Release Date: Mar 18, 2017
Record label: Young Money
When you're Drake, you're held to a certain standard when dropping a project. It's a standard that rightfully comes with being one of music's most influential culture shapers for the past eight years. That's why when his supposed magnum opus, Views, didn't live up to the self-inflicted and ultimately unfeasible hype, he faced criticism (for his craft) like never before.
Everything Toronto rapper and R&B artist Drake does is a social-media firestorm. The rollout for last year's Views and its single "Hotline Bling" was massive, though critics' response to the project was often tepid. With Drake's new playlist, the sprawling and rich More Life, people are scratching their heads again. Is it an album? A mixtape? A Spotify playlist of his favorite songs? With Thursday's news that More Life could soon make its way to the standard CD format, maybe his intention all along was to first gauge interest on streaming formats before hitting the traditional route.
Drake calls his superb new More Life a "playlist," not an album or even a mixtape, yet that might be why it sounds so expressive, so emotional, so quintessentially Drakean. When you get right down to it, Aubrey Graham is a playlist - a true pop visionary who's always a fan at heart, an omnivore with a raging appetite for his next favorite sound. More Life is his finest longform collection in years, cheerfully indulgent at 22 tracks and 82 minutes, a masterful tour of all the grooves in his head, from U.K.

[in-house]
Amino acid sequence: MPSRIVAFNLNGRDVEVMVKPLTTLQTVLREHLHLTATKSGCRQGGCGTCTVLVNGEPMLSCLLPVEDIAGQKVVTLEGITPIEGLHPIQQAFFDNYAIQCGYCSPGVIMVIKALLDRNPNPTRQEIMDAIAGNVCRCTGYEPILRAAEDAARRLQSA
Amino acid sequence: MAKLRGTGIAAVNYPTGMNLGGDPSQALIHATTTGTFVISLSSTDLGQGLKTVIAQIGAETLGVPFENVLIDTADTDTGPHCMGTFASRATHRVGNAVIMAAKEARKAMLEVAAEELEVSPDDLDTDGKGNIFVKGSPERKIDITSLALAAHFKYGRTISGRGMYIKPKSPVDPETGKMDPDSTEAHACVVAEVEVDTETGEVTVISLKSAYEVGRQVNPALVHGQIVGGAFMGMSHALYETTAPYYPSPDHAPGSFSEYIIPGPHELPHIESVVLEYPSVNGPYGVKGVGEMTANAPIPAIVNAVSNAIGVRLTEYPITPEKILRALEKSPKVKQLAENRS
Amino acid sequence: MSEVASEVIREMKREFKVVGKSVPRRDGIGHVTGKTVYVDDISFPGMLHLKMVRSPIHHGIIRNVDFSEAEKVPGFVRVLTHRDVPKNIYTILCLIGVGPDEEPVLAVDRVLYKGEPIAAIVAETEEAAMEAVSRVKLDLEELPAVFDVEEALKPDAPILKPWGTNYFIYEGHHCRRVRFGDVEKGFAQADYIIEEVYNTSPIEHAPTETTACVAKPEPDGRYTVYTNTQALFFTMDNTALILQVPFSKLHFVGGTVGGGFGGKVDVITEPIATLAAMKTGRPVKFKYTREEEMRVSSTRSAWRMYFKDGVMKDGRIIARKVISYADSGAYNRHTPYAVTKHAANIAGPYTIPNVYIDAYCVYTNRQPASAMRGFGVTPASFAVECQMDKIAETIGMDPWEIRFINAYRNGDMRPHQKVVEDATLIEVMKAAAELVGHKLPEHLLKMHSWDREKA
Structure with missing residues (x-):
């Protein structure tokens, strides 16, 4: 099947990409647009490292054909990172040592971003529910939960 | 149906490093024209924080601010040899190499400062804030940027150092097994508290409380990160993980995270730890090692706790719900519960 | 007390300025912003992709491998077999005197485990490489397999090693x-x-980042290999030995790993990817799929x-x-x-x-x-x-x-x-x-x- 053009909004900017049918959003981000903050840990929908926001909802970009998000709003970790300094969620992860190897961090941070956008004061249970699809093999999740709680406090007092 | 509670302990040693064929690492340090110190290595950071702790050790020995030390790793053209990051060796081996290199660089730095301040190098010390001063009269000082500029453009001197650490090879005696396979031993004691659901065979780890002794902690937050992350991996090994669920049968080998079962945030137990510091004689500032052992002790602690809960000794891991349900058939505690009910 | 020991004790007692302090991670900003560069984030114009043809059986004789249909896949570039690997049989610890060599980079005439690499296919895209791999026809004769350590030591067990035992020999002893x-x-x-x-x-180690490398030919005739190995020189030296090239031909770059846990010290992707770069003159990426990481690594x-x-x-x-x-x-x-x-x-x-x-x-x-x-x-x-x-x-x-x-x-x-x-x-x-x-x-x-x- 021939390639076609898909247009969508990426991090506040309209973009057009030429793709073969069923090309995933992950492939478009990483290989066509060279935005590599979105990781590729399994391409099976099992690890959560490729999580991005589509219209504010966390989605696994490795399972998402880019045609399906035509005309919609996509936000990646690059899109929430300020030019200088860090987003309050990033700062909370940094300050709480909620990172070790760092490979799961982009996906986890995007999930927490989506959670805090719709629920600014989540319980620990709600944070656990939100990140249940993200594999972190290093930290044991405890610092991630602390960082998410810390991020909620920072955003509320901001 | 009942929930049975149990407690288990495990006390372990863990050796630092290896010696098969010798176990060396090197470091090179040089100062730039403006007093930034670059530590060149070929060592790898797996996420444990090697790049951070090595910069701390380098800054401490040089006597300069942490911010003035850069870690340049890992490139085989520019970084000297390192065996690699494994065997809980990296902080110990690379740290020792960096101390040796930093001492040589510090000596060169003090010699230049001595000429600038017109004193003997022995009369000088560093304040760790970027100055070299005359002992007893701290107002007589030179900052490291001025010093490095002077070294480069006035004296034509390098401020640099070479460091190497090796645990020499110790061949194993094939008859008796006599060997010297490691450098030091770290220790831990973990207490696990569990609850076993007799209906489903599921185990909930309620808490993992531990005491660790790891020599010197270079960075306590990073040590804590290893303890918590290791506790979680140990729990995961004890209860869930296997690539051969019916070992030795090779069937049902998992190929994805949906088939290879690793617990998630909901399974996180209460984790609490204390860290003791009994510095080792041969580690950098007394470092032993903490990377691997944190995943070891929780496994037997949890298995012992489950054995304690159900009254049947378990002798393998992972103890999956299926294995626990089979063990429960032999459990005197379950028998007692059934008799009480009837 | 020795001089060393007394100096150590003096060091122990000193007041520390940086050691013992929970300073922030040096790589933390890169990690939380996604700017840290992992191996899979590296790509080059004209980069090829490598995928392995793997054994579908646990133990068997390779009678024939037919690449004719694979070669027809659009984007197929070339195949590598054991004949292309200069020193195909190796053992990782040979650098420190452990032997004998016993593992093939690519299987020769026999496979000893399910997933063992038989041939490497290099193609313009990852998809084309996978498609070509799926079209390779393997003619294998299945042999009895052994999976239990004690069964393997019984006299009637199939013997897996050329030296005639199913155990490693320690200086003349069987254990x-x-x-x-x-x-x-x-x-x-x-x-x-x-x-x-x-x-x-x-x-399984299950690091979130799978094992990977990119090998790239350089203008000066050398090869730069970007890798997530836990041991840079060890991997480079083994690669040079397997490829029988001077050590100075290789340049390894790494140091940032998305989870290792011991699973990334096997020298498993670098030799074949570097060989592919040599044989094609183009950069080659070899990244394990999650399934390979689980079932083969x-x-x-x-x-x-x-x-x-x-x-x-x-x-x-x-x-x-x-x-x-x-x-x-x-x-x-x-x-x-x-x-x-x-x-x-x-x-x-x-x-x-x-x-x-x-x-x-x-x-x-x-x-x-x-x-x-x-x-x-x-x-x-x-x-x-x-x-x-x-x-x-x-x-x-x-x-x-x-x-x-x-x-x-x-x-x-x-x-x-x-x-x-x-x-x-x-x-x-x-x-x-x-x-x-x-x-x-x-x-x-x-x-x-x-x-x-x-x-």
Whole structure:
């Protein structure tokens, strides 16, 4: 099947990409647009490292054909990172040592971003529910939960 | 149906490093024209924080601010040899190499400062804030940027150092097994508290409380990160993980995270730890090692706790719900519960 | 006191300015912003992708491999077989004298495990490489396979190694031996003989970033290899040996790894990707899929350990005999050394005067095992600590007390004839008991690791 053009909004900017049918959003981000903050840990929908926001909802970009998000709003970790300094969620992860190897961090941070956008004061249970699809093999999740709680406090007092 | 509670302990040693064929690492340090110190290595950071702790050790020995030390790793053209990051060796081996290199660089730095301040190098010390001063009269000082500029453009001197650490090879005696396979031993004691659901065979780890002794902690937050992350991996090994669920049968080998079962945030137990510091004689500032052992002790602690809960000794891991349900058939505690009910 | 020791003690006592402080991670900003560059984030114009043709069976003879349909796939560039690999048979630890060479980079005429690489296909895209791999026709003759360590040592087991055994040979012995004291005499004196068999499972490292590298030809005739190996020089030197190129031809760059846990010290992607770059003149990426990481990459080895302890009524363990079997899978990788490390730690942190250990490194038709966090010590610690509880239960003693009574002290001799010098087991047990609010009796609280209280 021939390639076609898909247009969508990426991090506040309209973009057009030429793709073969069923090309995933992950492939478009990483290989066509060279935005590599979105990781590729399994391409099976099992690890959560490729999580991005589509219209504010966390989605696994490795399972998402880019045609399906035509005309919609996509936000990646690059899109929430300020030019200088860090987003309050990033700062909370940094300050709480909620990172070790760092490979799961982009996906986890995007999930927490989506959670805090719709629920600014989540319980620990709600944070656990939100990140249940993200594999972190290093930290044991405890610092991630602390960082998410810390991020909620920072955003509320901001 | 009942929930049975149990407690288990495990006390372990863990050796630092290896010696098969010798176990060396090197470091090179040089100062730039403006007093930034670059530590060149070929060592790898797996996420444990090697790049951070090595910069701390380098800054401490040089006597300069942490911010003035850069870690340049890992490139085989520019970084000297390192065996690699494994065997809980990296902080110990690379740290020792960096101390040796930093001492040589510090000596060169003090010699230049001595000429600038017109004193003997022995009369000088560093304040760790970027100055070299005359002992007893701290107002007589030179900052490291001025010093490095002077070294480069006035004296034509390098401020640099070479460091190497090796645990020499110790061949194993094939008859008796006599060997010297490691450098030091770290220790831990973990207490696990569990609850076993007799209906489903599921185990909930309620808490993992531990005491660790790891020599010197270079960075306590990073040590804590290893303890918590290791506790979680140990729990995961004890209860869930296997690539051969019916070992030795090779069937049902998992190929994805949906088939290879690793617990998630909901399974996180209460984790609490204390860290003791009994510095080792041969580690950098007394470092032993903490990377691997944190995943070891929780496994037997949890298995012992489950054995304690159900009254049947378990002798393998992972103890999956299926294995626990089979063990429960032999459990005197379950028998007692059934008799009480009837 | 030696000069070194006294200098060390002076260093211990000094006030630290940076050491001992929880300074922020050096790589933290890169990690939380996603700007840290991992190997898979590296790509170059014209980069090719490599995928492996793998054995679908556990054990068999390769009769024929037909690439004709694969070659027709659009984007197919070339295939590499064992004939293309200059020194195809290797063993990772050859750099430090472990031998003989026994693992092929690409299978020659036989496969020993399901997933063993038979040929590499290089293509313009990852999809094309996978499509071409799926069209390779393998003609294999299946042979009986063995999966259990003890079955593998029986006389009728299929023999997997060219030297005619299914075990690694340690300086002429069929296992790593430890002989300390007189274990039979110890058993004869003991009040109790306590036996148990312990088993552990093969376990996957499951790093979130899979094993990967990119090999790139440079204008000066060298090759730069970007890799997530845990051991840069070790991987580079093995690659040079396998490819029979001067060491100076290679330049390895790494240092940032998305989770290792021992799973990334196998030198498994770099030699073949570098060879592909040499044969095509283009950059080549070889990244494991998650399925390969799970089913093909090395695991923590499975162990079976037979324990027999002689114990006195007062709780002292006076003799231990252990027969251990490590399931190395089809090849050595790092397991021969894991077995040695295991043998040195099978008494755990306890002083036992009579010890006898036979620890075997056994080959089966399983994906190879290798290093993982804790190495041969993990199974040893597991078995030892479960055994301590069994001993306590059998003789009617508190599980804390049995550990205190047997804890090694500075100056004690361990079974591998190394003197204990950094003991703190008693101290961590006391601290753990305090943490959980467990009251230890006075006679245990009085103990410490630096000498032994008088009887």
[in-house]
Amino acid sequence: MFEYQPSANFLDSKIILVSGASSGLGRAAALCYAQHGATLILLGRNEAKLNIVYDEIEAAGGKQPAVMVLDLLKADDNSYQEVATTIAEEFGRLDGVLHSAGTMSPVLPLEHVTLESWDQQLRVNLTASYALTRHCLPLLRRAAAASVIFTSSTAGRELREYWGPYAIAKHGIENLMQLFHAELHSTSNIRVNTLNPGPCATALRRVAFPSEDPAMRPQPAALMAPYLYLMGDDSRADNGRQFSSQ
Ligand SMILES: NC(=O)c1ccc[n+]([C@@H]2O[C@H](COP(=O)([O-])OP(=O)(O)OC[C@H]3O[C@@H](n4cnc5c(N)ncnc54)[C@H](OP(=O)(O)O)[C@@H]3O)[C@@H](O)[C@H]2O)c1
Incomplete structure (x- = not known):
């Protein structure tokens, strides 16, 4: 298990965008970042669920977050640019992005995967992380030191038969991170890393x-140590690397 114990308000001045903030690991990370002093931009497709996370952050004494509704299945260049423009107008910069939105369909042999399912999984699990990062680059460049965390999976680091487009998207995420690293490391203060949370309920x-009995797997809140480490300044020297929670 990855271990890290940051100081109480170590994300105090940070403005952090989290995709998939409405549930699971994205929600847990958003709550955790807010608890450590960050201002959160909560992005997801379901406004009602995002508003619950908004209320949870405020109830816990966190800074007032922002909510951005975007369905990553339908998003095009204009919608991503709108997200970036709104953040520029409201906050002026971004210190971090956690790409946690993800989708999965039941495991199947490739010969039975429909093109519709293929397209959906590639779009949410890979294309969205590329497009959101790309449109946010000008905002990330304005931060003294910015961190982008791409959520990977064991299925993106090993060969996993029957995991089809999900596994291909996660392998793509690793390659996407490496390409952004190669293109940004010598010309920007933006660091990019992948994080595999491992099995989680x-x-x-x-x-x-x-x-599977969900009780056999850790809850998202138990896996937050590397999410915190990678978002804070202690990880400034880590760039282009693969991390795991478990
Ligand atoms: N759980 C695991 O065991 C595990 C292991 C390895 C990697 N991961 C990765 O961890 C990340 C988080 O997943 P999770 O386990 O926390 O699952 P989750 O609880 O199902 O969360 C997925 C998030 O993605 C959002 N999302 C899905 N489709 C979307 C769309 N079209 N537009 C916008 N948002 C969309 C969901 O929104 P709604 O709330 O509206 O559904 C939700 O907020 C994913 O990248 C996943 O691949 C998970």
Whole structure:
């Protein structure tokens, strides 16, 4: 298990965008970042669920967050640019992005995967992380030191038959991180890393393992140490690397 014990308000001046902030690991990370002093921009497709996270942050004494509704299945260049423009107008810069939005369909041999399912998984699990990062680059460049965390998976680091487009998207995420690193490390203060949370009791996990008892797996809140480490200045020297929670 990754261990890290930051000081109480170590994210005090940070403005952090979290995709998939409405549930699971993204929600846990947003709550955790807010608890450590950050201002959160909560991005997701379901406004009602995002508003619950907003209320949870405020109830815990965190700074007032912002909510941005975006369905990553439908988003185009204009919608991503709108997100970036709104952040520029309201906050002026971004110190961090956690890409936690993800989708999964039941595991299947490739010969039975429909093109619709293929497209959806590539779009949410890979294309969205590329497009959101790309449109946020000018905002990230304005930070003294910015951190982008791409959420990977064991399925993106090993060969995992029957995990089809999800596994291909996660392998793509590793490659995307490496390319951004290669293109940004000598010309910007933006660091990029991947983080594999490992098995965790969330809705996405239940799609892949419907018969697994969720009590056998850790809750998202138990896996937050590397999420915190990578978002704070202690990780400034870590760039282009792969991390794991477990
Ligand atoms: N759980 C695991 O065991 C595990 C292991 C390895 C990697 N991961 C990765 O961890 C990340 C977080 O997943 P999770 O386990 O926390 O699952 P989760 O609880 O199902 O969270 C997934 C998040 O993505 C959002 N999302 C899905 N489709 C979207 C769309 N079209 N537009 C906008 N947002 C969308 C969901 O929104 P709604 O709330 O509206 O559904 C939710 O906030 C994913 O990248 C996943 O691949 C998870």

Since the beginning of his career, Drake has followed one simple blueprint; to make music that reflects the season Toronto finds itself in, literally and metaphorically. While VIEWS served as an ominous soundscape to a never-ending winter and reflected a booming hunger in the city, his newest release, More Life, presents the fruits of that labour in a sunnier, more celebratory arrangement. As Drake pays tribute to the GTA by acknowledging places like Galloway, the Skydome (aka Rogers Centre) and even Palazzo Nightclub, he continues, more importantly, to speak in a coded language only certain communities fully understand, as on the high-powered "Blem.